What’s the key to a restaurant’s success? Is it the menu? The ambiance? The service?
Like any other business, your establishment’s greatest asset is your staff. The quality of your restaurant staff’s performance will dictate whether your place will hover around survival or take flight and make its mark in the industry.
The effects of poor performance
How does poor staff performance affect a restaurant?
Mismanaged or unhappy employees have a tendency to go through the motions. They’ll perform their assigned tasks with the sole purpose of earning their next paycheck. Most likely, they become clockwatchers, ready to make an exit at the end of their shifts.
Workers who perform poorly are more likely to mess up the team’s chemistry. A quiet kitchen is often a sign that your team is disconnected, and this can show in the team’s daily performance. Worse, disgruntled employees may protest to show their frustration and even pick fights with colleagues.
A high absenteeism rate can throw off the delicate balance in a restaurant. When an employee frequently calls in sick, your other employees need to pick up the slack. In turn, this can lead to the subpar performance of the team and even discontent among the staff who may have become overburdened.
Left unchecked, the unhappiness of employees can lead to a high turnover rate. Apart from affecting team chemistry, a high turnover rate can also translate to losses in the form of unsatisfied customers and additional costs in the form of recruitment and training.
Potential causes of poor performance
Poor performance does not come out of a vacuum. To a great extent, your management style breeds the team you have, whether it’s good or bad.
Does your restaurant have clear rules for its employees? Are these rules just and sensible? Are these even enforced strictly?
How do you communicate with your staff? Are your employees treated with respect and dignity? Or are they treated like paid laborers? How are mistakes handled?
Do you have a clear plan to ensure smooth operation, or do you take things as they come? Do your employees have a sensible work schedule that balances the personal needs of your staff with your establishment’s needs?
Have you invested in systems that will improve worker safety? Do you adhere to established guidelines for workplace safety?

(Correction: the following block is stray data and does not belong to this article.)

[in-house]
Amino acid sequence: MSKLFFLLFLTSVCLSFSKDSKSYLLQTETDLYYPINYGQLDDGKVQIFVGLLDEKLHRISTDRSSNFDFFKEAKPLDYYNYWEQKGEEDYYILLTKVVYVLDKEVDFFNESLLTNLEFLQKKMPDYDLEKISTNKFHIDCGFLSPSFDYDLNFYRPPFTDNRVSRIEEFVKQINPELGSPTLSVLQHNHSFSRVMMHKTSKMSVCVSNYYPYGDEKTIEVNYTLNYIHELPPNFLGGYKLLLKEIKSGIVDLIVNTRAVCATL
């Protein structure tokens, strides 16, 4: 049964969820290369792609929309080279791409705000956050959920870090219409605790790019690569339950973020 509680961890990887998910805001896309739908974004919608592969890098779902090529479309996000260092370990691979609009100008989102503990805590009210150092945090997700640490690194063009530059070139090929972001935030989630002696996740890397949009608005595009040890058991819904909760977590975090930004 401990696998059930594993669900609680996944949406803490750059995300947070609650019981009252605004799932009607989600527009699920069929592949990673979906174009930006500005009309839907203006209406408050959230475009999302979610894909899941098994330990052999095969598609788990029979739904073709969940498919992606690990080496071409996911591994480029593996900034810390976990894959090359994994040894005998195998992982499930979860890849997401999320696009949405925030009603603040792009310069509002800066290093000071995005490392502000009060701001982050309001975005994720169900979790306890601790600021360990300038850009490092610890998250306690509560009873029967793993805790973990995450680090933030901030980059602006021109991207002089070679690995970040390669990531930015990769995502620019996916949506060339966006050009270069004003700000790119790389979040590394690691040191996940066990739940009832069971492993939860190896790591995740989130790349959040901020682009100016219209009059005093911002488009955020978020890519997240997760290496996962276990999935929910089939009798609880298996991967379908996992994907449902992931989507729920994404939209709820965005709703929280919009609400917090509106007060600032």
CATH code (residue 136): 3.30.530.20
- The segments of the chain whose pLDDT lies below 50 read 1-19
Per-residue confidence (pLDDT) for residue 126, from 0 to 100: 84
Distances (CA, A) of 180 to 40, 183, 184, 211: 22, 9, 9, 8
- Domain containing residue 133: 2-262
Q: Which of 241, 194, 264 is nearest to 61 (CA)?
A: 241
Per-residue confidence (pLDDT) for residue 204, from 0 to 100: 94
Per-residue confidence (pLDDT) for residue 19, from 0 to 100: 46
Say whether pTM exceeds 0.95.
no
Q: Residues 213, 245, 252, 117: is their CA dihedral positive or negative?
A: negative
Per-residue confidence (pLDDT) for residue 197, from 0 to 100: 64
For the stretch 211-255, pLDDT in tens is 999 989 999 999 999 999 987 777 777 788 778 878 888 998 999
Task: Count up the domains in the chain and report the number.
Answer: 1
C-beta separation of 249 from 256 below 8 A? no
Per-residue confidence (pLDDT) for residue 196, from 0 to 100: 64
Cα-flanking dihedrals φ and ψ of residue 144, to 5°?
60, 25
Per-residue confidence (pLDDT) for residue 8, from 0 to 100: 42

Building a high-performing team
How do you avoid these woes and build a high-performing crew? Here are some helpful tips.
1. Start with your core values
Your restaurant’s core values encapsulate everything you stand for and care about. It defines your business and can positively impact different facets of your business, even your staff’s performance. In the face of adversity, your values can serve as a compass to guide in you the decisions that you need to make.
Well-defined and robust core values set apart successful restaurants from those that are barely surviving. Your values, along with your vision, provide something that your staff can rally around.
Plus, your core values, when communicated properly, can become an invaluable tool in attracting and retaining high-performing staff members.
2. Empower leaders
Effective leadership and reliable team performance go hand in hand. Whether you are handling the management of your restaurant or delegating specific responsibilities to key staff members, it is imperative to build a culture of strong leadership.
But what exactly does it mean to be a good leader, especially in a restaurant setting?
- A good leader treats everyone with respect, no matter what his or her position is. With a clear vision and values, everyone is made accountable.
- A good leader has the ability to muster collective action because team members are recognized for their individual contributions. In contrast, a bad leader takes credit for the actions of others.
- A good leader puts the success of the team over individual accolades.
In short, the leader is the group’s linchpin that brings disparate parts together as a cohesive unit.
3. Lay down the ground rules
From the onboarding process, each employee must know his responsibilities as well as the regulations in the workplace.
Use your core values to define the things that you do not want to compromise. But at the same time, provide your workers with ample room for independence and creativity. When you find the right balance between these seemingly disparate elements, you empower your team because they are unafraid to commit mistakes. You give them the opportunity to strive not only for personal achievements, but also for team gains.
With the help of the team leader, recognize the achievements of good performers and find ways to further motivate employees who may be lagging behind.
Rising up to the challenge
Managing people with different backgrounds and goals will always be a challenge, especially in a fast-paced environment like a restaurant.
But by identifying your core values, empowering leaders, and laying down clear rules for your employees, you can develop a cohesive team that is ready and able to tackle different challenges.
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